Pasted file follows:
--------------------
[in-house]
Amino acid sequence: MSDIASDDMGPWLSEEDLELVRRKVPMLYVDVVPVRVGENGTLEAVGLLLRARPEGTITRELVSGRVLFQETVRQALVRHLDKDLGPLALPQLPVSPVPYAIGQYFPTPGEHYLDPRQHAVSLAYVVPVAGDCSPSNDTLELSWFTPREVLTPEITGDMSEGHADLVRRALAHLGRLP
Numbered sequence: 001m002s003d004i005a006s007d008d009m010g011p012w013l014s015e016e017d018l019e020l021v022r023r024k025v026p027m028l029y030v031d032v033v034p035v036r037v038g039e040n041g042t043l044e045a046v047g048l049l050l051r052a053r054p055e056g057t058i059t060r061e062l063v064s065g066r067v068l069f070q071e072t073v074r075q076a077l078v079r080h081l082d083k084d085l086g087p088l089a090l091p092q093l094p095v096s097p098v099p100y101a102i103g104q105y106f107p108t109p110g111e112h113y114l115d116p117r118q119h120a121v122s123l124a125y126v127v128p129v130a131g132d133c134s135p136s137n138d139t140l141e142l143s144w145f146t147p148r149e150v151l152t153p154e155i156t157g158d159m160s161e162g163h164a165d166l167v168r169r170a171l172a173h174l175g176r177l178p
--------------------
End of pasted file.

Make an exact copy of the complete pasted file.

[in-house]
Amino acid sequence: MSDIASDDMGPWLSEEDLELVRRKVPMLYVDVVPVRVGENGTLEAVGLLLRARPEGTITRELVSGRVLFQETVRQALVRHLDKDLGPLALPQLPVSPVPYAIGQYFPTPGEHYLDPRQHAVSLAYVVPVAGDCSPSNDTLELSWFTPREVLTPEITGDMSEGHADLVRRALAHLGRLP
Numbered sequence: 001m002s003d004i005a006s007d008d009m010g011p012w013l014s015e016e017d018l019e020l021v022r023r024k025v026p027m028l029y030v031d032v033v034p035v036r037v038g039e040n041g042t043l044e045a046v047g048l049l050l051r052a053r054p055e056g057t058i059t060r061e062l063v064s065g066r067v068l069f070q071e072t073v074r075q076a077l078v079r080h081l082d083k084d085l086g087p088l089a090l091p092q093l094p095v096s097p098v099p100y101a102i103g104q105y106f107p108t109p110g111e112h113y114l115d116p117r118q119h120a121v122s123l124a125y126v127v128p129v130a131g132d133c134s135p136s137n138d139t140l141e142l143s144w145f146t147p148r149e150v151l152t153p154e155i156t157g158d159m160s161e162g163h164a165d166l167v168r169r170a171l172a173h174l175g176r177l178p